Alert! Henrietta Rose-Innes has been shortlisted for the BBC International Short Story Award for her unpublished short story “Sanctuary”, as announced this evening on BBC Radio 4′s Front Row.
Described as a “subtle but powerful story”, “Sanctuary” is shortlisted alongside nine others, including “Black Vodka” by 2012 Man Booker Prize shortlistee, Deborah Levy. The stories are collected in the BBC International Short Story Award 2012 anthology, published this month by Comma Press.
The winner of the £15 000 prize will be announced live on Front Row on 2 October 2012.
Bring it home, Rose-Innes!
The shortlist for the BBC International Short Story Award was announced this evening on BBC Radio 4’s Front Row. Spanning oceans, from Australia, through South Korea, across South Africa, Eastern Europe, America and all the way back to the UK, the stories travel from broken home to broken heart with vibrancy, candour and compassion.
Amongst the shortlisted authors are Julian Gough, winner of the BBC National Short Story Award in 2007, M J Hyland who was shortlisted in 2011, and Deborah Levy whose novel, www.bbc.co.uk/podcasts/series/nssa. Then it will be available as a commercial audiobook via AudioGo. The BBC International Short Story Award 2012 Anthology, published by Comma Press, is available at all good bookshops and at www.commapress.co.uk from Monday, as well as in Kindle format at www.amazon.co.uk/kindle.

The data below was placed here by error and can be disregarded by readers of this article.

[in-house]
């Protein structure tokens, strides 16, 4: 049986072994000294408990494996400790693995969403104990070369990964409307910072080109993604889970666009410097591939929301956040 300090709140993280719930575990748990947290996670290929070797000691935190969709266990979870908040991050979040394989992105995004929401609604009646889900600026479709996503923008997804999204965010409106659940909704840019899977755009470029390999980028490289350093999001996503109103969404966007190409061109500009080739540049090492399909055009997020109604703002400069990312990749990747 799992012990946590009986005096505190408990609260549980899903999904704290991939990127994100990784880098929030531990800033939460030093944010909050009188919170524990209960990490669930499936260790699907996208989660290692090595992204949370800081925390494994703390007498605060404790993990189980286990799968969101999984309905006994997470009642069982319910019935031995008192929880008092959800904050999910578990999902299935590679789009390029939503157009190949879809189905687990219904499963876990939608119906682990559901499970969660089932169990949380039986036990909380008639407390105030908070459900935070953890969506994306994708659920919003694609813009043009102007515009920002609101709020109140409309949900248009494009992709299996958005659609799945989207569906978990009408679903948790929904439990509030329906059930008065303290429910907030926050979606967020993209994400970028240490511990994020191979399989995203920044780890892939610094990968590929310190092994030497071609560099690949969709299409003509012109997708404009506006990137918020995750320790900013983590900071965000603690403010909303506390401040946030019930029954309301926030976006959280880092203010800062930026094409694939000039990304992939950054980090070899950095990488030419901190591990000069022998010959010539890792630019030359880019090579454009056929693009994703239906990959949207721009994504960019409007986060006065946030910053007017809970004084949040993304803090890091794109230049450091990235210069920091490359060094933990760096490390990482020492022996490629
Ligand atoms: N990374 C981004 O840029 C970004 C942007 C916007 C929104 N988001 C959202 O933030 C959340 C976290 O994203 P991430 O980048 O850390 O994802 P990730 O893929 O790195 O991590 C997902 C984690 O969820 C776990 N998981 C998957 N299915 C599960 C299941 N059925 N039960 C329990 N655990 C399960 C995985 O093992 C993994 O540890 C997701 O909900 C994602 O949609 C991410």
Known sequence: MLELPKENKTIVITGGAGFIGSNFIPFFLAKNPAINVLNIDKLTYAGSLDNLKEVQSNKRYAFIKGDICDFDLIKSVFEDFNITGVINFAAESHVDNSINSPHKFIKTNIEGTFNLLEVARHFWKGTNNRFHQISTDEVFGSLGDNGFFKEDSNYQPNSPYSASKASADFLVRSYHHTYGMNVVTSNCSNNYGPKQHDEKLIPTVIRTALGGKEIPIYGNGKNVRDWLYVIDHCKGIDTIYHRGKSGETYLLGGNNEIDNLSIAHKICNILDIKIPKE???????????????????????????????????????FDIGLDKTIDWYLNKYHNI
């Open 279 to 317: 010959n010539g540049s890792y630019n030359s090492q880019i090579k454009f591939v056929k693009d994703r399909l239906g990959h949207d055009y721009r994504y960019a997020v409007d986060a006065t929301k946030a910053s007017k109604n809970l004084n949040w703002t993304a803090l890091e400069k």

BBC Radio 4 broadcaster Clive Anderson chairs the judging panel this year which consists of novelists Anjali Joseph and Ross Raisin, novelist and Emeritus Professor of Creative Writing at the University of East Anglia, Michèle Roberts, and Editor of Readings, BBC Radio, Di Speirs.
Clive Anderson, Chair of Judges:
‘Judging this competition was a great privilege and a perfect reminder of just how rewarding the short story genre can be. To celebrate the Olympics this year’s competition is international and the entries did come from all round the world. Universal themes were explored within the confines of the short story. In the ten which made it to the shortlist are to be found every day human activities such as first loves and last laughs, infidelity and murder. Plus a goose, a dog and a must-have disposable electronic device. In short, some great stories.’
Di Speirs, Editor of Readings, BBC Radio:
‘As always, it has been a tremendous privilege and delight to discover new writing by authors, many of whom I haven’t read before. This year’s shortlist – double the usual length – reflects a wealth of talent from around the world and takes us from Europe to Africa, Australia to the States. In this year when we hoped we’d truly be celebrating an international field of writers, we have a shortlist that not only entertains but also opens windows on to many different worlds.’
The shortlisted stories:
Lucy Caldwell – ‘Escape Routes’
Set in Belfast in the 1990s, ‘Escape Routes’ is told from the point of view of a child, whose friend and babysitter mysteriously goes missing. Delivered with the touching innocence of a child oblivious but not unaffected by the ideological and political strife plaguing Northern Ireland, the story is an oblique examination of a besieged Belfast.
Julian Gough – ‘The iHole’
‘The iHole’ playfully depicts the launch of the latest must-have gadget: a portable black hole. The media hype, the marketing, the industry competition and the consumer mania are laid bare in this satirical take on technology and consumerism in the 21st century.
M J Hyland – ‘Even Pretty Eyes Commit Crimes’
The adult narrator, who many years down the line still sees his father as somehow culpable for his mother’s departure, and tires of his father’s dependence on him, is forced to reassess his relationships, as it becomes apparent that his wife is leaving him too.
Krys Lee – ‘The Goose Father’